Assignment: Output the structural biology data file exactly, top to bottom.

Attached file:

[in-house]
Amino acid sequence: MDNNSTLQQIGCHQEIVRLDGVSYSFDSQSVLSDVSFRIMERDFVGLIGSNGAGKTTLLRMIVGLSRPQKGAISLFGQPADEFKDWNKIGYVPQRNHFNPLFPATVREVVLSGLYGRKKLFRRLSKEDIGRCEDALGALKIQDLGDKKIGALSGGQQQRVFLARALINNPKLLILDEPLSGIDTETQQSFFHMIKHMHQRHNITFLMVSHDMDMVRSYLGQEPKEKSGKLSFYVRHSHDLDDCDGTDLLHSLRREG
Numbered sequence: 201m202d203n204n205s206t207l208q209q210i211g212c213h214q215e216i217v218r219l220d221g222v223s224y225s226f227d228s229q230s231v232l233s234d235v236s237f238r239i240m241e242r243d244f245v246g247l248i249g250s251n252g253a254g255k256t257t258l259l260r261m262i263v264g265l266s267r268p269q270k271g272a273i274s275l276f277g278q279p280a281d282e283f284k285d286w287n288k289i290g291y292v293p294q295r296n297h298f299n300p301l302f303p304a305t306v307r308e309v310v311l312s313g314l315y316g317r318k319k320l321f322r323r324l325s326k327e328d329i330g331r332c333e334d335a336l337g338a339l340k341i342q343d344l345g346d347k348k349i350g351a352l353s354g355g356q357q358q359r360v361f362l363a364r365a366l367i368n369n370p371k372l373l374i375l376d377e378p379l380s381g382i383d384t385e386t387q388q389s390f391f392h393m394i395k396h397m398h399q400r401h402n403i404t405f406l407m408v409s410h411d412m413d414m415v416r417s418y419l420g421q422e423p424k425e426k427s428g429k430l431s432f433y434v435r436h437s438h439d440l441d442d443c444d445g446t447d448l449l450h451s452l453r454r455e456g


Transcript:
[in-house]
Amino acid sequence: MDNNSTLQQIGCHQEIVRLDGVSYSFDSQSVLSDVSFRIMERDFVGLIGSNGAGKTTLLRMIVGLSRPQKGAISLFGQPADEFKDWNKIGYVPQRNHFNPLFPATVREVVLSGLYGRKKLFRRLSKEDIGRCEDALGALKIQDLGDKKIGALSGGQQQRVFLARALINNPKLLILDEPLSGIDTETQQSFFHMIKHMHQRHNITFLMVSHDMDMVRSYLGQEPKEKSGKLSFYVRHSHDLDDCDGTDLLHSLRREG
Numbered sequence: 201m202d203n204n205s206t207l208q209q210i211g212c213h214q215e216i217v218r219l220d221g222v223s224y225s226f227d228s229q230s231v232l233s234d235v236s237f238r239i240m241e242r243d244f245v246g247l248i249g250s251n252g253a254g255k256t257t258l259l260r261m262i263v264g265l266s267r268p269q270k271g272a273i274s275l276f277g278q279p280a281d282e283f284k285d286w287n288k289i290g291y292v293p294q295r296n297h298f299n300p301l302f303p304a305t306v307r308e309v310v311l312s313g314l315y316g317r318k319k320l321f322r323r324l325s326k327e328d329i330g331r332c333e334d335a336l337g338a339l340k341i342q343d344l345g346d347k348k349i350g351a352l353s354g355g356q357q358q359r360v361f362l363a364r365a366l367i368n369n370p371k372l373l374i375l376d377e378p379l380s381g382i383d384t385e386t387q388q389s390f391f392h393m394i395k396h397m398h399q400r401h402n403i404t405f406l407m408v409s410h411d412m413d414m415v416r417s418y419l420g421q422e423p424k425e426k427s428g429k430l431s432f433y434v435r436h437s438h439d440l441d442d443c444d445g446t447d448l449l450h451s452l453r454r455e456g